Fidel addresses the Henry Reeve Contingent, ready to depart for the United States to aid victims of Hurricane Katrina. Photo: Sergio Alejandro Gómez

“That’s not how to wash your hands, reporter," Fabu tells me, and pushing me aside with his body adds, "When I was in Liberia, we had to do this everyday."

He curls his right hand fingers and rubs his left palm to create some lather.

Then he cleans the top of his hand and scrubs from his wrists up to his elbow, repeating the operation on the other hand, and then rinses both under the faucet.

For an instant, I imagine him in his white safety suit and breathing mask, under the West African sun. He laughs.

I've known him for less than a month, enough time to know that Dr. Luis Enrique Lemus – el Fabuloso, the Ebola assassin – can look death in the face and laugh.

When I arrived in Dominica, two weeks after the winds of Hurricane Maria had wiped the color green from the island, Lemus was already walking through the mountains of Saint Joseph, a township some 20 kilometers from the capital, Roseau.

The Henry Reeve Contingent was mobilized in a matter of hours, after learning of the devastation across the Caribbean. Their Cuban Airlines' ATR 72 landed three days later at Melville Hall Airport, where portions of the runway were still flooded, and the traffic control tower inoperative.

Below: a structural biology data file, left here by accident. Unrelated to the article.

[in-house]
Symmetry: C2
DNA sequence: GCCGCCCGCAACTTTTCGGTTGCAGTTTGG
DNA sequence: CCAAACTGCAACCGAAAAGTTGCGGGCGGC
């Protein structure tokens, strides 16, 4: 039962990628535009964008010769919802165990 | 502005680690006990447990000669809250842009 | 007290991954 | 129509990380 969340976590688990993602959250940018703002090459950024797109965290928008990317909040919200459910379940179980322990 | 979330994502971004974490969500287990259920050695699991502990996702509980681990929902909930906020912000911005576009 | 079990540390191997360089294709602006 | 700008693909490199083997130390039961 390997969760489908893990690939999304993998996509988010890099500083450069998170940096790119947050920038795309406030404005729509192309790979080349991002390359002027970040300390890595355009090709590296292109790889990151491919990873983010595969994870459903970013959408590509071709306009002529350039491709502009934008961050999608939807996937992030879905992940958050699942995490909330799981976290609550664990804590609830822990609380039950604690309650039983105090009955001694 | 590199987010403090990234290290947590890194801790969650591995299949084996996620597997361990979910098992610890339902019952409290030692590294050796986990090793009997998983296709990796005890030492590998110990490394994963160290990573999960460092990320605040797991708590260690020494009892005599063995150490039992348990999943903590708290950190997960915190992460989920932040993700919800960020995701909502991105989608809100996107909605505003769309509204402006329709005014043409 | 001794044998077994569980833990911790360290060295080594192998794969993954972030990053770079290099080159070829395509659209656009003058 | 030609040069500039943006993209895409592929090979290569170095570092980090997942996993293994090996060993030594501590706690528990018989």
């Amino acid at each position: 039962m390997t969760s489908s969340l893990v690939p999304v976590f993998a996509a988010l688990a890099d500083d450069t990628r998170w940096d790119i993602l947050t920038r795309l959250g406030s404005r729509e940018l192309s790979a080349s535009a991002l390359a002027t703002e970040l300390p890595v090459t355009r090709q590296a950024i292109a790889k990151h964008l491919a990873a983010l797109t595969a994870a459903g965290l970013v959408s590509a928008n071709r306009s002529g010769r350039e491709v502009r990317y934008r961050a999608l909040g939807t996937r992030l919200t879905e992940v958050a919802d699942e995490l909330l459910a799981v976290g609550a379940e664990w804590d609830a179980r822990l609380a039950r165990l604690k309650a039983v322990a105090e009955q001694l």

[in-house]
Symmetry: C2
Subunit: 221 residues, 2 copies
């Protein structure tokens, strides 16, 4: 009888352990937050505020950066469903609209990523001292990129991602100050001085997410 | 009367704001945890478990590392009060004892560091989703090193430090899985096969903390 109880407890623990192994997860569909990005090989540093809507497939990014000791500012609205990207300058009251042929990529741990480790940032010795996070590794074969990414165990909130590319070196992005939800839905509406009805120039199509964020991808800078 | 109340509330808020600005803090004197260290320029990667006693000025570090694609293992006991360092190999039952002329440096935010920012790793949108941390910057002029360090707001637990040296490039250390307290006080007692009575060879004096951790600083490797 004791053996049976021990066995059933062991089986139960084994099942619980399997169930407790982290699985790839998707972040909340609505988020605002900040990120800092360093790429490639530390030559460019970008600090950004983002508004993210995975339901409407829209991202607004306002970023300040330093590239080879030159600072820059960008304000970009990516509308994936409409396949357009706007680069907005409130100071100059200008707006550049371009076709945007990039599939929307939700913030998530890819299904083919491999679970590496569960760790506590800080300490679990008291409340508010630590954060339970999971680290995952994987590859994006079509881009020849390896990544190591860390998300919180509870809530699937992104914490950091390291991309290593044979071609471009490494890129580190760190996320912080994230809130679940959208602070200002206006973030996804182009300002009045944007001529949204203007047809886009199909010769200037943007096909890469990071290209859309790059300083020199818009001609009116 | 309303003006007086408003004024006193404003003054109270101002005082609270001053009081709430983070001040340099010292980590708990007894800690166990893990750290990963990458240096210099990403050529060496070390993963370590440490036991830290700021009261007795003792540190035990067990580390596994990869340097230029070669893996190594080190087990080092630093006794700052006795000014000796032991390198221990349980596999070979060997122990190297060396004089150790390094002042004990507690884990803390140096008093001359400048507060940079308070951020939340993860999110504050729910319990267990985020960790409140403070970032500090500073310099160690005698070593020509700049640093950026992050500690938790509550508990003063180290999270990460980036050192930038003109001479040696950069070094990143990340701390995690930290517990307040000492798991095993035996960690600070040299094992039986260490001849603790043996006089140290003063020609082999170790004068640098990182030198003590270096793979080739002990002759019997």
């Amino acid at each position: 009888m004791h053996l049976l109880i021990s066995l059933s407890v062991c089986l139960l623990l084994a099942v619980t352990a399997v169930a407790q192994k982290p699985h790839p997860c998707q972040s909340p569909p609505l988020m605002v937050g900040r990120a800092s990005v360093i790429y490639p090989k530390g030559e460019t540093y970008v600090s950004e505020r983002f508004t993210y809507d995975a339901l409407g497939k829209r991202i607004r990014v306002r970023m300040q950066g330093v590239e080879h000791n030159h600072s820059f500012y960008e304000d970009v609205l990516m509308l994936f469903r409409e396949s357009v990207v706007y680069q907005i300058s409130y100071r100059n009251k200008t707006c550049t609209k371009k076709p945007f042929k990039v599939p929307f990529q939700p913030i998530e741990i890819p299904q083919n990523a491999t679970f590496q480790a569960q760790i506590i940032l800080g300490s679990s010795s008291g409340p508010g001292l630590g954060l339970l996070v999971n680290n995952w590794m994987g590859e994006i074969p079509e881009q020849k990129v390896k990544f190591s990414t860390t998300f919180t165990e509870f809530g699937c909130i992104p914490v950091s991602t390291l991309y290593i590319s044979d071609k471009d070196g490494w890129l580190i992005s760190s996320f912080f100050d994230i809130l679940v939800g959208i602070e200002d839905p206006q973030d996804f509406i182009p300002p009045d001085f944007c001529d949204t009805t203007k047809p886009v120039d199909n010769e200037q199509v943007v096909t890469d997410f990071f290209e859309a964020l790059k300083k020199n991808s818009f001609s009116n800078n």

The brigade's ten doctors, including Lemus, were stuck in the airport since there was no way to reach the city by land. They ate crackers, Spam, and mango preserves.

Epidemiologist Raúl Conrado earned himself a nickname over the course of those days: Papa Bear. Six feet tall, with a disaster-proof appetite, two at a time he finished off the individual-sized boxes of preserves that featured a friendly depiction of the animal.

The doctors tell stories about not being able to see their hands at night. The only sound they heard, beside the occasional plane landing, was Conrado enjoying the mango preserves he stored under his bed.

Dr. Zayas is one I cannot imagine getting muddy or bathing in river water. He was raised in Havana's La Lisa neighborhood, one of those Cuban men who are always well-groomed, as if they were on the way to a party. There is no wind that can disturb his hair, no dust that can soil his skin.